Directory of the hottest Toronto restaurants - Streets Of Toronto
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  • Strictly Shanghainese restaurants are few and far between in and around the city — usually, the cuisine is fused with food from other regions of China like Szecuhuan or Taiwan. But for great Shanghainese food, head up to A La Kitchen for soup-filled dumplings and other classics like noodle dishes and braised meats.

  • For chef Anna Chen’s first stand-alone restaurant, she opted to open a 32-seater in the west end. Blonde wood accents the minimalist room, and soulful tunes play overhead, foreshadowing Chen’s highly elegant take on comfort food. Buoyed by her knowledge from stints at Figo and Scaramouche — plus an upbringing in India — Chen has

  • North York's beloved Artisan Noodle has opened up a cool and cosy downtown outpost with Artisan Plus. This spot is home to northern Chinese delicacies that are often rare to find in Toronto, like the hand-pulled noodles or a jia mo, which can best be described as a Chinese hamburger.

  • Since its Chinatown location opened its doors in 1988, Asian Legend has spread across Toronto to give all diners a taste of northern Chinese dim sum and stir-fry. Their cooking motto is "northern flavours with a traditional style," which has allowed for its chefs, all from reputable dining locales in Taiwan and mainland China, to fine-tune the menu and bring diners dishes like the especially flavour-rich kung pao chicken.

  • In the heart of Toronto’s downtown Chinatown, Awas Tea Noodle is a Taiwanese eatery that knows exactly what its doing. The teas Awas offers, which are imported from Taiwan, are served in glass bottles that have been refrigerated overnight so as to reduce the caffeine but keep the same amount of antioxidant benefits. Really, though,

  • Since 1979, Bagel Plus has been serving all Torontonians classic Jewish comfort food from its location at Bathurst and Sheppard. They will always have you covered for when that bagel and schmear craving hits, but the menu also includes options such as eggplant Parmesan and fish and chips, branching outside the shtetl world of blintzes, pickled herring and rugelach.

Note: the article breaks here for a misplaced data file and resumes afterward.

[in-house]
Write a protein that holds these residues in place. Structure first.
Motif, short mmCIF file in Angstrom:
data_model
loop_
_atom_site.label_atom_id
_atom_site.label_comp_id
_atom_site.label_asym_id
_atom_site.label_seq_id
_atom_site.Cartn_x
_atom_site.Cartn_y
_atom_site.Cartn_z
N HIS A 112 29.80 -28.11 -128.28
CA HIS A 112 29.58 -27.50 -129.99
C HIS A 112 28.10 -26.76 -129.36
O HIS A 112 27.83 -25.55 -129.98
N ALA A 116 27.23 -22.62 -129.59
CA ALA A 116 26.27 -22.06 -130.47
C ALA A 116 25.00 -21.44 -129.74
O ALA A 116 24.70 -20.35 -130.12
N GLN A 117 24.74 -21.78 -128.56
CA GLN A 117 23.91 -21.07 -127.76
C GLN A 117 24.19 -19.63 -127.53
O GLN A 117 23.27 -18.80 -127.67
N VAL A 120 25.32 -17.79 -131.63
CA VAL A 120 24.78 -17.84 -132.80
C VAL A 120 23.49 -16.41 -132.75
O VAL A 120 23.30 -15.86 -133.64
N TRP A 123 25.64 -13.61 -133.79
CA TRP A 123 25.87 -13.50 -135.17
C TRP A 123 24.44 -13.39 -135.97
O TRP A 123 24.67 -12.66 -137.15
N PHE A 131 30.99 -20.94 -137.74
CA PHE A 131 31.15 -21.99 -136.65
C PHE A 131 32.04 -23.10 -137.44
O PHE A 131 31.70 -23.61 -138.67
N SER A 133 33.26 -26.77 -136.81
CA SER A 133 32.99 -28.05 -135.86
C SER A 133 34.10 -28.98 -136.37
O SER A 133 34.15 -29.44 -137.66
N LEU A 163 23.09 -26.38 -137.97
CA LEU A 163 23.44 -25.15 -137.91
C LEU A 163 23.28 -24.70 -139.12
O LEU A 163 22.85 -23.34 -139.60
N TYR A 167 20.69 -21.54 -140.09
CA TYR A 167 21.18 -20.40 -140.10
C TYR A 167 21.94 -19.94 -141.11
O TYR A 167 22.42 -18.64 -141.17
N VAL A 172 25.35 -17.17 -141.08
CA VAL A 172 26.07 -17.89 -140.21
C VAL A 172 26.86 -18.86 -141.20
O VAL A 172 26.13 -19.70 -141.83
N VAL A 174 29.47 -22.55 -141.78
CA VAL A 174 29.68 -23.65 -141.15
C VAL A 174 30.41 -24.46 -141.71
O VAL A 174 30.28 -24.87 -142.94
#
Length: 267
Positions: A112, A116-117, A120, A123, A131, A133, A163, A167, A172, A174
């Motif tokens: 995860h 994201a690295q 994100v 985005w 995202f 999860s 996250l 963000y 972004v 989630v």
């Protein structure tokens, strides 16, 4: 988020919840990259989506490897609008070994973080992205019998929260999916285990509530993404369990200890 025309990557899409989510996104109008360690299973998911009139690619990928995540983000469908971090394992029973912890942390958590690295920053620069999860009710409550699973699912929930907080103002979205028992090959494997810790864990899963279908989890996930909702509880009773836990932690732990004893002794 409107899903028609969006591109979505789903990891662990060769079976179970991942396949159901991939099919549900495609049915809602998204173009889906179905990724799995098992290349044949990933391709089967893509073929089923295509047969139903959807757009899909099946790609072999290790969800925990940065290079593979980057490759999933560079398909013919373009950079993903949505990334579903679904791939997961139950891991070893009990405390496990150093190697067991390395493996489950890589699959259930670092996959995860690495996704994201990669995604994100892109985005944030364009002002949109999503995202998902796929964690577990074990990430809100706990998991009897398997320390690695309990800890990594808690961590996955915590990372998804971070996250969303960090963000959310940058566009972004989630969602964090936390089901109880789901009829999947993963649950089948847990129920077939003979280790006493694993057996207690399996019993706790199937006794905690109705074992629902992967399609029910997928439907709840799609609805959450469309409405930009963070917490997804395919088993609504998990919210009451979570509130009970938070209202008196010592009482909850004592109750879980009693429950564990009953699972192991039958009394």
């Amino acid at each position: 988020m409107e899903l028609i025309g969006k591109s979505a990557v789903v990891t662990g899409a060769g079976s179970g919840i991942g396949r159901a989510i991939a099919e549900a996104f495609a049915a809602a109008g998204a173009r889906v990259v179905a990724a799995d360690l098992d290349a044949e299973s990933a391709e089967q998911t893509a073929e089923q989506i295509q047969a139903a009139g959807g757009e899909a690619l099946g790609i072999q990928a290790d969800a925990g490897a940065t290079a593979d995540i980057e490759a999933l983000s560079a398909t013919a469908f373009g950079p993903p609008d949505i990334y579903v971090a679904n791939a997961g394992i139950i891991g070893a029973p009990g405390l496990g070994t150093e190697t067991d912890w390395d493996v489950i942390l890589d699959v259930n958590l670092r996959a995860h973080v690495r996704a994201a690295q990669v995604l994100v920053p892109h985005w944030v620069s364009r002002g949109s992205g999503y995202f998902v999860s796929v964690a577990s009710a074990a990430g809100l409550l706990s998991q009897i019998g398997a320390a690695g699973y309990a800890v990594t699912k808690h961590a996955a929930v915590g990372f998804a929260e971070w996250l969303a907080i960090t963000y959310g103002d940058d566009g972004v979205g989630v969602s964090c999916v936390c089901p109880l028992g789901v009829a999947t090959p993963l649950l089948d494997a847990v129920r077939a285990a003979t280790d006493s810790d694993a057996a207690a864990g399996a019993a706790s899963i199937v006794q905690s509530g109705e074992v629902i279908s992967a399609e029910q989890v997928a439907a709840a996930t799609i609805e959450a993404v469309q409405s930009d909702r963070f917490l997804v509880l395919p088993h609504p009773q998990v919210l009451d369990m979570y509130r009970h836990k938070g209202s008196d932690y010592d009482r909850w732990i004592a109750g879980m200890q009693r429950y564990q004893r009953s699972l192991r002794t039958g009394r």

• Inspired by the street food scene of its namesake city, Bangkok Buri (Union Station food court) is making a name for itself right in the core of downtown Toronto. The menu was carefully crafted with the memory of Bangkok's piping hot noodles, green curry and grilled meats in mind, but the founders wanted it to fit in its urban city centre.

  • Grabbing its name from the classic martial arts flick, BIG TROUBLE is a Chinatown bar that promises the 20-something set a good time. Sibling owners Andrew and Christine Pham wanted to properly celebrate the hood they grew up in; multicoloured lanterns dot the room, red drapes decorate the windows while a dragon oversees the bathrooms

  • If you’ve never heard of Bingz, you’ve probably never been to China. The burger joint first opened in Beijing before quickly becoming a prominent fast food chain with locations across the country. Now, Bingz has brought its specialty crispy LiberTerre pork burger to Markham with its first Canadian location. Also on the menu are classic

  • This chain took its native China by storm before beginning its rapid expansion in Toronto. It serves up one-of-a-kind crispy Chinese burgers, called roujiamo, which were invented rooughly two millenniums ago in the Qin dynasty and have been popular in the country ever since. They can be stuffed with beef, chicken, pork and vegetables, and